Located on the upper reaches of the Yellow River is the northwestern Gansu Province of China. It has a strategic location that made it a very important link between Persia, Greece, and Rome in the West and China in the East. In fact, a large section of the Silk Route passes through the Province. Since ancient times, there has been an equitable exchange of goods and cultures between the Western civilizations and the Chinese kingdoms. This has made the Province a pleasant mix of ethnic groups and religious practices that are most suitable for tourism.
Gansu Province is covered by the Qinghai-Tibet, Loess, and the Inner Mongolia Plateaus in different directions. It has the tall Qilian Mountain Range in the south and is relatively flat in the northern districts. The tallest peak in the Qilian Range is Mount Tuanjie at 5,808 meters above sea level. The massive Altyn-Tagh Mountain Range dominates in the west with its tallest peak being at 5,830 meters above sea level. Also, there are three cold deserts in the Province, namely the Gobi, Badain Jaran, and the Tengger.
There is an amazing number of 450 rivers flowing through Gansu Province. A large part of the central area is covered by the basins of the Yellow River and the Shiyang River. The lowest elevation in the Province is the Bailongjiang River valley at 550 meters above sea level. Hence, there is not a single area in the Province that is actually at sea level. Other significant rivers that flow in the region are the Black River, Tao River, Shule River, and the Jialingjiang River.
The climate in Gansu Province also varies with the topography. The desert regions are arid landscapes and have a subarctic climate. The temperatures range between 0oC in summer and -40oC in the winter season. The rest of the Province enjoys a semi-arid continental climate with a large difference in the seasonal temperatures. The precipitation is very less in the Province so the snowfall is experienced only on the high mountain peaks. Spring and autumn seasons are the best times to visit when the temperatures are relatively less extreme.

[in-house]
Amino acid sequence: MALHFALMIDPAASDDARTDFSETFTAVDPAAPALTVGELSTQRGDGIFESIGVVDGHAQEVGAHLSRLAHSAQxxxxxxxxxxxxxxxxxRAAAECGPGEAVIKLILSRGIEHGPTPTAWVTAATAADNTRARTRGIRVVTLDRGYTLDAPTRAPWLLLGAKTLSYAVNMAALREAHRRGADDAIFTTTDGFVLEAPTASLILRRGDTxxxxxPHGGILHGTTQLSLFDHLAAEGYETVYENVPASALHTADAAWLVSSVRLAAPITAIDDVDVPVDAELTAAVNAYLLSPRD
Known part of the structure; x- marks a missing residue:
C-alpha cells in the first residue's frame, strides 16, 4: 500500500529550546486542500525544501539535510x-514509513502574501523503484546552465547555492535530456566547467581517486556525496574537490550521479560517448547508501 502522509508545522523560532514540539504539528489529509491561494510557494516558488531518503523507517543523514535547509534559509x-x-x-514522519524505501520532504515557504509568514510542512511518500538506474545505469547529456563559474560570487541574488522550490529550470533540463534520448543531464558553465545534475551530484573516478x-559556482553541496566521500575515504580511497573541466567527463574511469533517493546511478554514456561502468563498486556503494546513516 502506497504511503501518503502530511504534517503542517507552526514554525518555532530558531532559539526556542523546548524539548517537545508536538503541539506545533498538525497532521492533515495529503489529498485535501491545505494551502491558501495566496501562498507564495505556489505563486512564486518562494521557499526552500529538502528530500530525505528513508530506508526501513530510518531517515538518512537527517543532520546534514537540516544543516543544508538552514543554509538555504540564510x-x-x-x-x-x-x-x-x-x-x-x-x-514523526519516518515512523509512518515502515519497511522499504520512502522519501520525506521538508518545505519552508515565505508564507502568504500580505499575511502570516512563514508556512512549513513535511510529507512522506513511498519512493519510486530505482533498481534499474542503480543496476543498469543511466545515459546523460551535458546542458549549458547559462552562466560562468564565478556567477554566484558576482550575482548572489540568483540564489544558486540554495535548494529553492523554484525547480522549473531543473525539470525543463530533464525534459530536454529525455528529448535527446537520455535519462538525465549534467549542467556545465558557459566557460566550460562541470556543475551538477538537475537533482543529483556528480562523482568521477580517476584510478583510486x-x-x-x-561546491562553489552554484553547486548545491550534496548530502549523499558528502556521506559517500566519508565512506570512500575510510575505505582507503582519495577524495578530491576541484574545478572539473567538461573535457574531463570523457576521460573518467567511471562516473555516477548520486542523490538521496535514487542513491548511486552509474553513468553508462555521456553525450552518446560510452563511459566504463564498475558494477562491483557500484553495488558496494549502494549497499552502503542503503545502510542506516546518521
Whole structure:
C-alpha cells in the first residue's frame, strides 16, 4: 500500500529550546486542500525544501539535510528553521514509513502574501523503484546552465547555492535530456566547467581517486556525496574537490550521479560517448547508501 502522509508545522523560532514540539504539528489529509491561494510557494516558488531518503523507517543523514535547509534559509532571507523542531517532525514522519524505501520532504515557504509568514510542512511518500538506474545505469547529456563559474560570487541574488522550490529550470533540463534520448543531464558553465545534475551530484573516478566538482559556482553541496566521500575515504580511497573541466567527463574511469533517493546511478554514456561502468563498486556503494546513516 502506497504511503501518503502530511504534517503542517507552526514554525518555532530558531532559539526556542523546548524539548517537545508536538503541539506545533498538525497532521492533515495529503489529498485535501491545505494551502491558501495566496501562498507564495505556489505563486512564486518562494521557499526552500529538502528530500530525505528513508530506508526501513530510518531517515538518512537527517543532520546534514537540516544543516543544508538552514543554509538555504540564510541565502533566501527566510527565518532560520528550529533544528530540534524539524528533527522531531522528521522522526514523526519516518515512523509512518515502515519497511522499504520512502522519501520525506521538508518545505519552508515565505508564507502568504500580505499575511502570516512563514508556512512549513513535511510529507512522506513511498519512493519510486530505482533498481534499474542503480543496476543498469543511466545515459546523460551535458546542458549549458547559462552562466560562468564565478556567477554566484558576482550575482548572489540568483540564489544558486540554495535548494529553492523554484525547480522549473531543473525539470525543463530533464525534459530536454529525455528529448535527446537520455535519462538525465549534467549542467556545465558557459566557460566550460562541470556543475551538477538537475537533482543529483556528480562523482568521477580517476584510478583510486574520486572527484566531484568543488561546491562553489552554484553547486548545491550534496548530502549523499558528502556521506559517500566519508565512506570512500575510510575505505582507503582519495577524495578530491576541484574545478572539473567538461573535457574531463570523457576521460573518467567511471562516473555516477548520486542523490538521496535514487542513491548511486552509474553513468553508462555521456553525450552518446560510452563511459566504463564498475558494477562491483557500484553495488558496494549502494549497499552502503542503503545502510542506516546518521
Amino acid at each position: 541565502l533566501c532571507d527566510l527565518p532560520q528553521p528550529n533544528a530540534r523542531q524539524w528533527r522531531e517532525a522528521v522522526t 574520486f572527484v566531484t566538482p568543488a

Besides Lanzhou, the provincial capital, the other important cities in Gansu Province include Tianshui, Jinchang, Qingyang, Zhangye, Dingxi, Baiying, Jiayuguan, Pingliang, Jiuquan, and Longnan. There are several county-level cities and minority autonomous counties in the Province that also have grown over the ages.
Agriculture is a major occupation of the people. There is a large-scale production of cotton, linseed oil, maize, melons, millet, wheat, and medicinal herbs. The mountains are a rich source of minerals and rare elements like of antimony, chromium, coal, cobalt, copper, fluorite, gypsum, iridium, iron, lead, limestone, mercury, mirabilite, nickel, crude oil, platinum, troilite, tungsten, and zinc among others. The region is also a major producer of crude oil at its fields in Yumen and Changqing. Also, more than 85% of the nickel deposits are located in Gansu.
In the last couple of decades, Gansu has evolved into an economically developed province due to large-scale industrialization. Besides mining and refining, the other industries are chemicals, non-ferrous metals, renewable and alternative energy, pharmaceuticals, coal, etc. Tourism and hospitality have also contributed to the prosperity of the Province.